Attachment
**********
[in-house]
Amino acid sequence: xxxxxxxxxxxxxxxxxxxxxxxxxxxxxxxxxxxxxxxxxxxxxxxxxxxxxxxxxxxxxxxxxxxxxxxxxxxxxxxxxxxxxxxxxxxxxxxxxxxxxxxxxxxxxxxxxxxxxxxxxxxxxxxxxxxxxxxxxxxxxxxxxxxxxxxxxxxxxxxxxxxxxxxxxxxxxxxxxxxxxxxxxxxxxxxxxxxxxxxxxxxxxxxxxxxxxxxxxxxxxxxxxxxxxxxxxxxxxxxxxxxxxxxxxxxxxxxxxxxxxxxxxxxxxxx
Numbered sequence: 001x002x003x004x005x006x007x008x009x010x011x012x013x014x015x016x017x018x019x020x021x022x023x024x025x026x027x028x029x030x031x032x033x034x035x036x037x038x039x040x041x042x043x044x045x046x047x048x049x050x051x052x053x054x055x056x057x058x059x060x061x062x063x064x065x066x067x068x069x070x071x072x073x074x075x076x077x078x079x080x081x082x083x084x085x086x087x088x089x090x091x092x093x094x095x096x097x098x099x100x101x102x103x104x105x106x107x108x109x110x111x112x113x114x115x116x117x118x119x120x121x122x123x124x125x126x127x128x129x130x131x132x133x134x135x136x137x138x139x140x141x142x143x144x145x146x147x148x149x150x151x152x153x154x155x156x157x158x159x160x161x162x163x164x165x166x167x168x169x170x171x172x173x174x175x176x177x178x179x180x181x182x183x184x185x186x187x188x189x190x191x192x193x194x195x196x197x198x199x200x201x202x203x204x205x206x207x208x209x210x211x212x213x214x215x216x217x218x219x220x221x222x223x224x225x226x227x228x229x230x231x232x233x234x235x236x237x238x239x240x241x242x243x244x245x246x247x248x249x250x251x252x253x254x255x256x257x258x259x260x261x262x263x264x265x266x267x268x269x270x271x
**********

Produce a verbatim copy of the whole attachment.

[in-house]
Amino acid sequence: xxxxxxxxxxxxxxxxxxxxxxxxxxxxxxxxxxxxxxxxxxxxxxxxxxxxxxxxxxxxxxxxxxxxxxxxxxxxxxxxxxxxxxxxxxxxxxxxxxxxxxxxxxxxxxxxxxxxxxxxxxxxxxxxxxxxxxxxxxxxxxxxxxxxxxxxxxxxxxxxxxxxxxxxxxxxxxxxxxxxxxxxxxxxxxxxxxxxxxxxxxxxxxxxxxxxxxxxxxxxxxxxxxxxxxxxxxxxxxxxxxxxxxxxxxxxxxxxxxxxxxxxxxxxxxx
Numbered sequence: 001x002x003x004x005x006x007x008x009x010x011x012x013x014x015x016x017x018x019x020x021x022x023x024x025x026x027x028x029x030x031x032x033x034x035x036x037x038x039x040x041x042x043x044x045x046x047x048x049x050x051x052x053x054x055x056x057x058x059x060x061x062x063x064x065x066x067x068x069x070x071x072x073x074x075x076x077x078x079x080x081x082x083x084x085x086x087x088x089x090x091x092x093x094x095x096x097x098x099x100x101x102x103x104x105x106x107x108x109x110x111x112x113x114x115x116x117x118x119x120x121x122x123x124x125x126x127x128x129x130x131x132x133x134x135x136x137x138x139x140x141x142x143x144x145x146x147x148x149x150x151x152x153x154x155x156x157x158x159x160x161x162x163x164x165x166x167x168x169x170x171x172x173x174x175x176x177x178x179x180x181x182x183x184x185x186x187x188x189x190x191x192x193x194x195x196x197x198x199x200x201x202x203x204x205x206x207x208x209x210x211x212x213x214x215x216x217x218x219x220x221x222x223x224x225x226x227x228x229x230x231x232x233x234x235x236x237x238x239x240x241x242x243x244x245x246x247x248x249x250x251x252x253x254x255x256x257x258x259x260x261x262x263x264x265x266x267x268x269x270x271x